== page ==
Ion chromatography (IC)

From Saltwiki

Author: Hans-Jürgen Schwarz
English version by Sandra Leithäuser
back to Analysis of Salts

Abstract

Ion chromatography (or ion-exchange chromatography) is a process that allows the separation of ions and polar molecules based on their charge.[1] It separates the substances as these are preferentially distributed between a stationary and a mobile phase. In ion chromatography, the ions bound to the stationary phase are later released by an eluent in the mobile phase. Quantification is achieved using a suitable detector. Specific columns are used to separate both anions and cations and these can be determined quantitatively even when in low concentrations.

Introduction

Cromatography is one of several methods that can be used for the separation of substances. The method is base on having two phases: a stationary and a mobile one. A piece of filter paper can serve as a stationary phase or a tube or column, as it is usually called, is packed with materials such as alumina, Al2O3, activated carbon, ion exchange resins, etc. The mixture to be separated is dissolved in an appropriate solvent, in the case of salts, distilled water is used, that also serves as the mobile phase and fed into the column. Because of the difference in affinity between the substances to be separated in both the mobile and the stationary phase, they are separated as more and more solvent is passed through the column. The origin for the name chromatography stems back to the first separation of pigments found in spinach, such as chlorolphyl, carotenes, etc. so the stationary phase would be colored differently according to the affinity of the pigment for it.

In the case of ion chromatography, ions are also distributed between the stationary and the mobile phase and their separation is dependent on the partition coefficient of each specific ion. The surprisingly high separation efficiency of this relatively simple method is based on the many repetitions, between 100–10000, of individual separation operations during the on going passage of the mobile phase through the stationary one. In order to achieve the separation of chemically similar substances by chromatography, the partition coefficients of the two materials on the stationary phase have to differ at least slightly.

In the broadest sense, ion chromatography includes ion-exchange chromatography, ion exclusion chromatography, ion interaction chromatography (previously ion pair chromatography) and ion suppression chromatography.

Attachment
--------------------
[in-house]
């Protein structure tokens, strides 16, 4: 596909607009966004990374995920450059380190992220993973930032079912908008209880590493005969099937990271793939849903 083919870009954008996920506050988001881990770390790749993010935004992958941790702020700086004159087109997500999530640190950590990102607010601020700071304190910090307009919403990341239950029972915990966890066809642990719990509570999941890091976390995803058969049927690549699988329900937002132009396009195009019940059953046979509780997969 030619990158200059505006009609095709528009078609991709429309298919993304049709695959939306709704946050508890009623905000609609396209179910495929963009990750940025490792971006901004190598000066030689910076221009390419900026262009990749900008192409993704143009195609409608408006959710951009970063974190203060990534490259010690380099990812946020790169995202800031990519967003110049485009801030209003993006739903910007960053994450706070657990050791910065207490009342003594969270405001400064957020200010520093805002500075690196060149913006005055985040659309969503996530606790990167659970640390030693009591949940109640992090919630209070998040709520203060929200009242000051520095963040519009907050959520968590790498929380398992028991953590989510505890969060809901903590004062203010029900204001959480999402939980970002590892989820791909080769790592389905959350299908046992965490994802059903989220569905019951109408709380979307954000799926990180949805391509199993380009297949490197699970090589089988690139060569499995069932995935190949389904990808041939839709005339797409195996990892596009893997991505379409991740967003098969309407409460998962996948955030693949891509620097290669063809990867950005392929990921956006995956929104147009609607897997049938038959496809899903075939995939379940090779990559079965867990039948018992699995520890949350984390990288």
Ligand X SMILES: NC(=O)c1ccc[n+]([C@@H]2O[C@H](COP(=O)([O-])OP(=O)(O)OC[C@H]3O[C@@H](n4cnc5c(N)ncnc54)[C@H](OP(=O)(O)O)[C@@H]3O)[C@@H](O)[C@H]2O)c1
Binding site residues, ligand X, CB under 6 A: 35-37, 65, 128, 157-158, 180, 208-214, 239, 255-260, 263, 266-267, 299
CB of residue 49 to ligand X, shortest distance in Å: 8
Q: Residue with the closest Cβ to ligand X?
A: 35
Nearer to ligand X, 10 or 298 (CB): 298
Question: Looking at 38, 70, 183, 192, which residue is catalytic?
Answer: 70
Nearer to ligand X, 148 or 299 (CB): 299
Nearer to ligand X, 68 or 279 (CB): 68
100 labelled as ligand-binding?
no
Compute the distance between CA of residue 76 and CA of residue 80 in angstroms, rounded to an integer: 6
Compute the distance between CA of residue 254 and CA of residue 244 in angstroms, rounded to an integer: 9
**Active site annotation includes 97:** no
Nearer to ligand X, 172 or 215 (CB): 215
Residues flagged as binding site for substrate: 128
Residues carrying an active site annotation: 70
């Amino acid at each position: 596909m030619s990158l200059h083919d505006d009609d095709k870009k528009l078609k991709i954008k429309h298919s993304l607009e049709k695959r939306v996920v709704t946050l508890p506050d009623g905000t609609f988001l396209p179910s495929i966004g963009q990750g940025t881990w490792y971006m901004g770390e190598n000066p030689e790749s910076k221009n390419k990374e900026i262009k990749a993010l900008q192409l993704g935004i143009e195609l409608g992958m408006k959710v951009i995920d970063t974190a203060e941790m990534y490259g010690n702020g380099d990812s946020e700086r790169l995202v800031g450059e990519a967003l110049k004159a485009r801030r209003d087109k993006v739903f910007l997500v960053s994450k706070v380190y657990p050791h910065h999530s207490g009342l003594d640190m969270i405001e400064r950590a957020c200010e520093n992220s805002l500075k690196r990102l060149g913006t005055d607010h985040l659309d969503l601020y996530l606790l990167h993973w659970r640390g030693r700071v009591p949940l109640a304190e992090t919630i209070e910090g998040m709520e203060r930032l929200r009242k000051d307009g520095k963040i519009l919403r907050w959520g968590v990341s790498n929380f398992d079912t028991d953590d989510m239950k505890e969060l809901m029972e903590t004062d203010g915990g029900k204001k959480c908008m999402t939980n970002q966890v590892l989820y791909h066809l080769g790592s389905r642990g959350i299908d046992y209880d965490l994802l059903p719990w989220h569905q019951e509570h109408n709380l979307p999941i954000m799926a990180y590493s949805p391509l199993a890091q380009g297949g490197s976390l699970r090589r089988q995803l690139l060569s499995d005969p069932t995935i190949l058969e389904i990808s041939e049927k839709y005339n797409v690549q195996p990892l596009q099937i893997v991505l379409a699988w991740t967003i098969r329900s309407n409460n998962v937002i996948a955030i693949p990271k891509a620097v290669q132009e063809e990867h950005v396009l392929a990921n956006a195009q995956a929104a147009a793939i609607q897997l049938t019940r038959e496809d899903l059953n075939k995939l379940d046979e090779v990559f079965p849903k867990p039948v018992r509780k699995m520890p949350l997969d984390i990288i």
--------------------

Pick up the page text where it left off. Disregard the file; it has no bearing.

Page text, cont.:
Usually, the ion exchange chromatography is used for the detection of salt-forming ions[2]. In general, an exchanger’s affinity for an oppositely charged sample ion is greater, the higher the charge and the smaller the sample ion’s surrounding solvation molecules are. Furthermore, the affinity increases with the polarizability of the ions.


The retention time: The retention times for alkali and alkaline earth metals increase sequentially from lithium to cesium and from magnesium to barium, because their polarizability increases similarly, while solvation, the ability of these cations to form a hydration shell around them, decreases. The same applies to halogen anions from flourine to iodine. For other ions, the situation is not so clear but the bi- or higher valence ions elute after the mono-valence ions. Protons and hydroxyl ions have a large hydration shell and therefore a short retention time. Retention behavior and selectivity of the separation are mainly influenced by pH-value, buffer , eluent ion, organic solvent dissolution agents, and complexing compounds for the case of heavy metals.

In general, an electrical conductivity detector is used for ion chromatography. Nonetheless, there are other detectors that can be used.


Advantage: Ion chromatography can be used for the analysis of cations and anions. However, it is mostly used for detecting anions, because there are better methods for the detection of cations. Ion chromatography provides accurate quantitative analyses.


Disadvantage: Only ion concentrations can be determined, and complete salt-phases are determined by deduction, which is only possible for simple systems.

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